Magic Projection Live @ TEDxTokyo 2010 from Marco Tempest on Vimeo.

ARE2010 Keynote by Jesse Schell: Augmented Reality Will Define the 21st century

Jesse Schell’s closing keynote at the Augmented Reality Event (2-3 June, 2010 – Santa Clara California) was thought provoking, inspiring, entertaining, and made us all see augmented reality in new eyes… A must see for all augmented reality enthusiasts, as well as those who don’t get what’s all the excitement about.

Here are select quotes:
“The whole point of AR is to see things from a different point of view…How can there be a more powerful art form than one that actually changes what you see?”
“Augmented Reality will be one of the things that fundamentally define the 21st century”
“Doctor: My dear friend, only the gods see everything. X: My dear Dr., I  am closing in on the gods…”(From “The Man with the X-Ray Eyes” movie)
“You guys are going to put it together…and then everybody is going to be like, oh my god we are freaking naked, all this information about me is out there…I had security through obscurity, but not anymore…”
“The internet allowed us to think with shared memory…Augmented Reality will allow us to see with shared eyes.”

The Augmented Reality Event 2010 – Seeing – Keynote by Jesse Schell

ARE 2010 Keynote by Will Wright: Brilliant Inspiration for the Augmented Reality Community

Here is the next installment of videos from the Augmented Reality Event. This time it’s Will Wright’s inspirational talk – targeted at the Augmented reality developer community.

Will Wright’s speeches are always fascinating – and this one ranks way up there as one of his best:

Augmented Reality can make us more aware of our immediate environment rather than distract us from it…there is value in proximity information…tap into the collective commune memory…full situational awareness is what I am dreaming of…

The Augmented Reality Event 2010 – Keynote by gaming legend Will Wright from Ori Inbar on Vimeo.

Coming up more augmented reality goodness from the Augmented Reality Event 2010…

ARE 2010 Keynote by Bruce Sterling: Bake a Big Pie!

are 2010 is over. It was a blast. Many thanks to 400 AR enthusiasts who joined us for 2 days of AR goodness.

Special thanks to our 90 speakers from 40 augmented reality companies, our exhibitors, sponsors, and above all – for Qualcomm.

For those who weren’t as fortunate, and couldn’t join the event – here are some of the highlights.

Bruce Sterling’s keynote (aka the prophet of the augmented reality industry) opened it up with a bang:

“It’s 9 am in the augmented reality industry…without vision people perish…it’s your chance to bake a big pie before you start slicing it up…it’s time for you to get dressed…good luck to you, I’ll be watching you”

The Augmented Reality Event: Bruce Sterling’s keynote from Ori Inbar on Vimeo.

More later…

ARE 2010 Starts Today!

Most speakers and attendees are already here. The energy is high. The anticipation is huge.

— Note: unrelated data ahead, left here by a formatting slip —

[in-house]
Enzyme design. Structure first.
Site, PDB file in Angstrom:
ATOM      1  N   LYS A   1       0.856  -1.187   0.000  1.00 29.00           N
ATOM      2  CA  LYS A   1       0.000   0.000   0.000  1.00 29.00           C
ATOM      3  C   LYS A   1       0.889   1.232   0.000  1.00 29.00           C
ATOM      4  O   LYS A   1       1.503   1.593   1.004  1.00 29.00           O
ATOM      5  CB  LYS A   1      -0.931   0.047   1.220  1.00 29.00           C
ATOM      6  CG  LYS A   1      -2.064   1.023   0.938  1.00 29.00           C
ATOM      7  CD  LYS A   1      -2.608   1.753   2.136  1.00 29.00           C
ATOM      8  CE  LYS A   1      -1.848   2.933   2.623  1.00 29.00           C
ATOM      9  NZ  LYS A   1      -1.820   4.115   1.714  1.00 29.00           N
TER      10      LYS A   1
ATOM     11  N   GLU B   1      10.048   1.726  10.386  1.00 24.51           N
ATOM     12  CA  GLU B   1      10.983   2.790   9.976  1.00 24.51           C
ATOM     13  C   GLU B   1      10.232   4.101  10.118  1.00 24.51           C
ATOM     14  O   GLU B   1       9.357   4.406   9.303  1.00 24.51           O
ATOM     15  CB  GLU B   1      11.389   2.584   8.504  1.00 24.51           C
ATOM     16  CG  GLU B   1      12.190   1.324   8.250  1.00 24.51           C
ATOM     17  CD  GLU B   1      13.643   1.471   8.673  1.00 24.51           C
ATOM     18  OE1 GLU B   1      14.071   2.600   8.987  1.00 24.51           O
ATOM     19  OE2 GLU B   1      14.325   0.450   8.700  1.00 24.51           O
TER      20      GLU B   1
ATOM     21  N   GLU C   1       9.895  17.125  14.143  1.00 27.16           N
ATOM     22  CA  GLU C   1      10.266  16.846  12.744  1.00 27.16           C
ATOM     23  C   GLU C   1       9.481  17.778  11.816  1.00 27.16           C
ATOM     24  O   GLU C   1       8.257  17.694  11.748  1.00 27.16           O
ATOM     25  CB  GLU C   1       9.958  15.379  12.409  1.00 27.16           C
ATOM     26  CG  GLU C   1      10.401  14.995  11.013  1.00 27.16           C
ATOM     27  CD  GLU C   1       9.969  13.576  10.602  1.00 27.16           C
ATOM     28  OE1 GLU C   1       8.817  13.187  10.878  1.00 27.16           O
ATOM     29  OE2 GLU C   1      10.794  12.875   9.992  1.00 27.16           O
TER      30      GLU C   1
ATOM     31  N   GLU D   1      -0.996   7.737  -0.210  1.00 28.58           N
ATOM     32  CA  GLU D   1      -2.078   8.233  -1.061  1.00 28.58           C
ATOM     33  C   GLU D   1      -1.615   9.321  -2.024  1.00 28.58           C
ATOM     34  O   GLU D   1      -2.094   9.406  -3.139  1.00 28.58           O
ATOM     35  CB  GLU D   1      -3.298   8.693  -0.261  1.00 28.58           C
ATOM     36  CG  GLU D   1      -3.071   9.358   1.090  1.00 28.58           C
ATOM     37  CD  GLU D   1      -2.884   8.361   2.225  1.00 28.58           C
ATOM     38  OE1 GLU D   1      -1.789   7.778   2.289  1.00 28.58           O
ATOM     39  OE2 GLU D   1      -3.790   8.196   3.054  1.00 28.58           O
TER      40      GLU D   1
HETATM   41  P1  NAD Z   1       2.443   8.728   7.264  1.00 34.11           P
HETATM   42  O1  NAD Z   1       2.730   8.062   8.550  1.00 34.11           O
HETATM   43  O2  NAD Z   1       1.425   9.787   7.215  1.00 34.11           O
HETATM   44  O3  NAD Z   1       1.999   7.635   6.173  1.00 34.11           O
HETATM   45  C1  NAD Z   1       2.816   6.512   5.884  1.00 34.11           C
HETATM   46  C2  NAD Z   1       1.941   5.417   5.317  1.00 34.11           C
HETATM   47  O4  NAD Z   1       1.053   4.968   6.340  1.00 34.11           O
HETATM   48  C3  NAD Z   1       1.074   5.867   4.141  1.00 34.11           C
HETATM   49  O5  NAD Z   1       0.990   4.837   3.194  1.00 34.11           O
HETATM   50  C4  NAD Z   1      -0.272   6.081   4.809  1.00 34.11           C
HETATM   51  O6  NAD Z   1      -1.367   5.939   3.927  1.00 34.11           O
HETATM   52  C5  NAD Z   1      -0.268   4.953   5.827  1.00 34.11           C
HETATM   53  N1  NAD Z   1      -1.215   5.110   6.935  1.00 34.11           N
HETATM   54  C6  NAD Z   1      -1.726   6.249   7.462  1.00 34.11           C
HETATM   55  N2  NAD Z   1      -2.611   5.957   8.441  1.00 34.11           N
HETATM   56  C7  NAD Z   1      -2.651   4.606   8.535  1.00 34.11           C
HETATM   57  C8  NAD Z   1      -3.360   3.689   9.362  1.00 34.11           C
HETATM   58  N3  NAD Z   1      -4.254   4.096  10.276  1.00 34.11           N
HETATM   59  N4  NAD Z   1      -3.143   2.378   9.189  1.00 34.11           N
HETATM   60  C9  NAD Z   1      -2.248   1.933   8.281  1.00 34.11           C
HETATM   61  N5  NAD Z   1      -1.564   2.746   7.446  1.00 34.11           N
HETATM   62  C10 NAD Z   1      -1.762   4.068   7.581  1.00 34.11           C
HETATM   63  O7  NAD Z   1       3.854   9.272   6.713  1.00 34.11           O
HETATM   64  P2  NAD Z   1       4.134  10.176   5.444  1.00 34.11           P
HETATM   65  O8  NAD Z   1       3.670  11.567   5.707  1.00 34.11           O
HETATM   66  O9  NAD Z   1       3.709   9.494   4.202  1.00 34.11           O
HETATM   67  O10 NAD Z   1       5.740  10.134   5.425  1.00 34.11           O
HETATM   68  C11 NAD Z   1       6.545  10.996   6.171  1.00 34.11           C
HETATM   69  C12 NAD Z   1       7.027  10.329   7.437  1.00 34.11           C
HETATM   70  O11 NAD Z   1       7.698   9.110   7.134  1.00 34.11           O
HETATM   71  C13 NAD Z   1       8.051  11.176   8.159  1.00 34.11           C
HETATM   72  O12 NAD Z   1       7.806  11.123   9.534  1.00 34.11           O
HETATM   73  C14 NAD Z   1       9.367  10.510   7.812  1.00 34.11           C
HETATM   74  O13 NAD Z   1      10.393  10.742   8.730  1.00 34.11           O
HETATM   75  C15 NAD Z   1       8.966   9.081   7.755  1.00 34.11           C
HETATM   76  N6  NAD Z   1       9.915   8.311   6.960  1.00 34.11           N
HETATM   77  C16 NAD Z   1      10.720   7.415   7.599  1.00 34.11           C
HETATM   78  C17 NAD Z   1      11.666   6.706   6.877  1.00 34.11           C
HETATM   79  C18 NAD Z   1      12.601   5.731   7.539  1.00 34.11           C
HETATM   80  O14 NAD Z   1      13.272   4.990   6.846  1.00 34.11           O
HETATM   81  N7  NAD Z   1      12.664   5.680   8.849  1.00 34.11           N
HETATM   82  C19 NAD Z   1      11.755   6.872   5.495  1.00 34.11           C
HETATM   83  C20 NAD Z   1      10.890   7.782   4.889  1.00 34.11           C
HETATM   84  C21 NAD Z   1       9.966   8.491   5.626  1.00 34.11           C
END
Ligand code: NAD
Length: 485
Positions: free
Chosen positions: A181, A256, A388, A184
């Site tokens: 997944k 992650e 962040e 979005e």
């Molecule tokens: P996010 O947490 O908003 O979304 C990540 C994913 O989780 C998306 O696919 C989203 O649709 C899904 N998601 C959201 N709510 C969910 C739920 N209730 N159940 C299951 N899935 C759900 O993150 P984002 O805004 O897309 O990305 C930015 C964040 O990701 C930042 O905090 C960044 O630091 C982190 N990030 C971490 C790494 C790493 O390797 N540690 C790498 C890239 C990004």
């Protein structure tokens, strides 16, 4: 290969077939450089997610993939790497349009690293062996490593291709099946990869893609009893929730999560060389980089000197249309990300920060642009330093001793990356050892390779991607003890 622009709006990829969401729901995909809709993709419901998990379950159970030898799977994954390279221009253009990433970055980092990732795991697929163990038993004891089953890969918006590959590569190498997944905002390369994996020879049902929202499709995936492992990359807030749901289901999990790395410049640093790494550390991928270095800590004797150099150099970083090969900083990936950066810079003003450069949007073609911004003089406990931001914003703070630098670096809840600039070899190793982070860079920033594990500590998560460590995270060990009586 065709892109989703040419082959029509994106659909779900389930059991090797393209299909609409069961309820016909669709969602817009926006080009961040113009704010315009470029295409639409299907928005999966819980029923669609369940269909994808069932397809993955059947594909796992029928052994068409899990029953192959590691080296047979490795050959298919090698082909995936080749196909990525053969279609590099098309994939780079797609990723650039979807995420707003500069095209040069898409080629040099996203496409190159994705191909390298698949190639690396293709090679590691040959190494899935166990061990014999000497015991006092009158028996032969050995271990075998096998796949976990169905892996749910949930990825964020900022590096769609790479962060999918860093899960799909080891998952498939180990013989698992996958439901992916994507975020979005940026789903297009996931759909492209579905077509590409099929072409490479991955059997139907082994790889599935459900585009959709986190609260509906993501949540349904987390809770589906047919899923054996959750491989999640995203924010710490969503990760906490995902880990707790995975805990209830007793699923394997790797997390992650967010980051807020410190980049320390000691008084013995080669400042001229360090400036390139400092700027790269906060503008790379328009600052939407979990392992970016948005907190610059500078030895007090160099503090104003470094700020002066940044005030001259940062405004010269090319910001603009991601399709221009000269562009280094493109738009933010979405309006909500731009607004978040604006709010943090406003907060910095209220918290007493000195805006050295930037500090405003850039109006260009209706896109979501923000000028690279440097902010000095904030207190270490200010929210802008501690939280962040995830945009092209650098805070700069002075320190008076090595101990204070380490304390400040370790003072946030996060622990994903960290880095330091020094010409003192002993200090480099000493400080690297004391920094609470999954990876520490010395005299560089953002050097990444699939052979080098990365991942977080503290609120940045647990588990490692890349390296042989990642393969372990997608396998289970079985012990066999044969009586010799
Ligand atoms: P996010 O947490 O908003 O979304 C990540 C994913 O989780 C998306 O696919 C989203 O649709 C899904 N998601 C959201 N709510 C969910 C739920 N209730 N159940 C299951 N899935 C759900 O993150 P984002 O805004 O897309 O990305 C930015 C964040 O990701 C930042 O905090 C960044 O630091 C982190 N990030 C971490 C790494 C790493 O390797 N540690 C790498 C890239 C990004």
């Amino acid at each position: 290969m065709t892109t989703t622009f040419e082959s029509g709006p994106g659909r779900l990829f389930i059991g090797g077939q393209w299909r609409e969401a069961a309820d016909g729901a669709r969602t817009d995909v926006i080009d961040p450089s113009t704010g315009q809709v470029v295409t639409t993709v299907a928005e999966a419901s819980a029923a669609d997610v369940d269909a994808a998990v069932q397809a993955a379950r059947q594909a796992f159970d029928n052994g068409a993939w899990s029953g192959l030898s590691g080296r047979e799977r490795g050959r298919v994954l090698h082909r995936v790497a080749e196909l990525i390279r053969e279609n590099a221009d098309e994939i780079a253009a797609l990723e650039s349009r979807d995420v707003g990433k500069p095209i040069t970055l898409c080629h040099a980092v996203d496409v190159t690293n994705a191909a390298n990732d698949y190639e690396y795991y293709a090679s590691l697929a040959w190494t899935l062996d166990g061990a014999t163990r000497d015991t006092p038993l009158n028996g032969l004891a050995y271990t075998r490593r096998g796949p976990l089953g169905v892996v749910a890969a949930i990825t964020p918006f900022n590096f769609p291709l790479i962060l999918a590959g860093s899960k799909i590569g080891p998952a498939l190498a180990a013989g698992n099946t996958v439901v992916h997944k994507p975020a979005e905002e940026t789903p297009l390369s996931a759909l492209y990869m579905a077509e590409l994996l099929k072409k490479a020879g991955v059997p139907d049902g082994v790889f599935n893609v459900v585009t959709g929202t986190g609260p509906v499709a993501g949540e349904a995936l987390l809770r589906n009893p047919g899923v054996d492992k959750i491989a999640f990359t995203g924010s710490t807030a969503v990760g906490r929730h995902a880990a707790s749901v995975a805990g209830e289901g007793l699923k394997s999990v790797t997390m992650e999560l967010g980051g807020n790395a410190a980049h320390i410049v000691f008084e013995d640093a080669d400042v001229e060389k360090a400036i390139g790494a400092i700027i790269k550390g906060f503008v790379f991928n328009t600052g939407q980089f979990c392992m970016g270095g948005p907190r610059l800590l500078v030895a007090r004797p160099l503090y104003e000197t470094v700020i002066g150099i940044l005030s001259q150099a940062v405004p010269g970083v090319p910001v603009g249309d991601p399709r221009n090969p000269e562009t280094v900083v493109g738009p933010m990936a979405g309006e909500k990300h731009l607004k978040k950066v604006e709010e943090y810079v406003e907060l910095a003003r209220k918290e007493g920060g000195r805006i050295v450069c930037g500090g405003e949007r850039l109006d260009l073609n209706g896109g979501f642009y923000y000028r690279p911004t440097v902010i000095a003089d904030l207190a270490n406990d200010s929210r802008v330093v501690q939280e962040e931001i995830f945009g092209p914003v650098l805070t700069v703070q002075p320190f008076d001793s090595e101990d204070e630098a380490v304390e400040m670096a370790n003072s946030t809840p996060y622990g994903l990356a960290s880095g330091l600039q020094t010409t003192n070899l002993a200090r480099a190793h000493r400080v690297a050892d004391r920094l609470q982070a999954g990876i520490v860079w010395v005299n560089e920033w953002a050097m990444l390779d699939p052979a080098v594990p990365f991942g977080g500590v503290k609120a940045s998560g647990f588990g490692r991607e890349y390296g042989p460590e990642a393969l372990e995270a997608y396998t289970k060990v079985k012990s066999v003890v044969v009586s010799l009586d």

It’s so great to see practically EVERYBODY in the augmented reality world at the same physical location.

Almost 400 people have already registered – and walk-ins are most welcome!

Come and register at the event itself. We will honor your discount codes.

A few last minute changes to the schedule are recorded on the schedule-at-a-glance on the Schedule page.

Looking forward to a great event.

I ARE here!

What to Expect from ARE 2010 Keynote Speakers

Chris Grayson from Gigantico – a media partner and a good friend of the augmented reality event – has put together this cool promo for what to expect from are 2010 keynote speakers: Bruce Sterling, Blaise Aguera y Arcas, Will Wright, and Jesse Schell.

If you are planning to attend – consider it as 15 minutes of really fun homework for the event.


I bet they will blow our minds next week!

ARE2010 Announces $10,000 Prize for Startup Launch Pad Winner, and "a lot of respect" for The Auggies Winner

The ARE Chairs and Qualcomm are delighted to share with you two important announcements:

1) Nominations for the Start up Launch Pad hosted by VentureBeat have been selected:
Whistlebox (Chas Mastin)
YOUReality (Michelle Fallon)
WhereMark (Ken Carter)
Iryss (Dave Elchoness)
e23 (Joe Dunn)
After lunch, five startups will present their business models and AR products for 5 minutes each in front of a panel which will include: Cole Van Nice (VC at CVP), Jay Wright (Qualcomm), Cory Ondrejka (cofounder of Second Life) – and moderated by JP Manninen (VentureBeat.)
Winner award: “ARE Best startup” and a $10,000 prize courtesy of Qualcomm!
2) Nominations for The Auggies demo competition have been selected as well:
TagDis (Joe Dunn, e23)
Retail Visualization (Michelle Fallon, YOUReality)
Do/Crew (Chas Mastin, Whistlebox)
Recognizr (James Haliburton, TAT)
Tagwhat (Dave Elchoness, Iryss)
Zombie Shoot AR (Peter Meier, Metaio)
Kamra AR Browser (Alex Hill, Georgia Tech)
Wikitude Drive (Martin Lechner, Mobilizy)
Touching Augmented Reality (Yvan Franco, YDreams)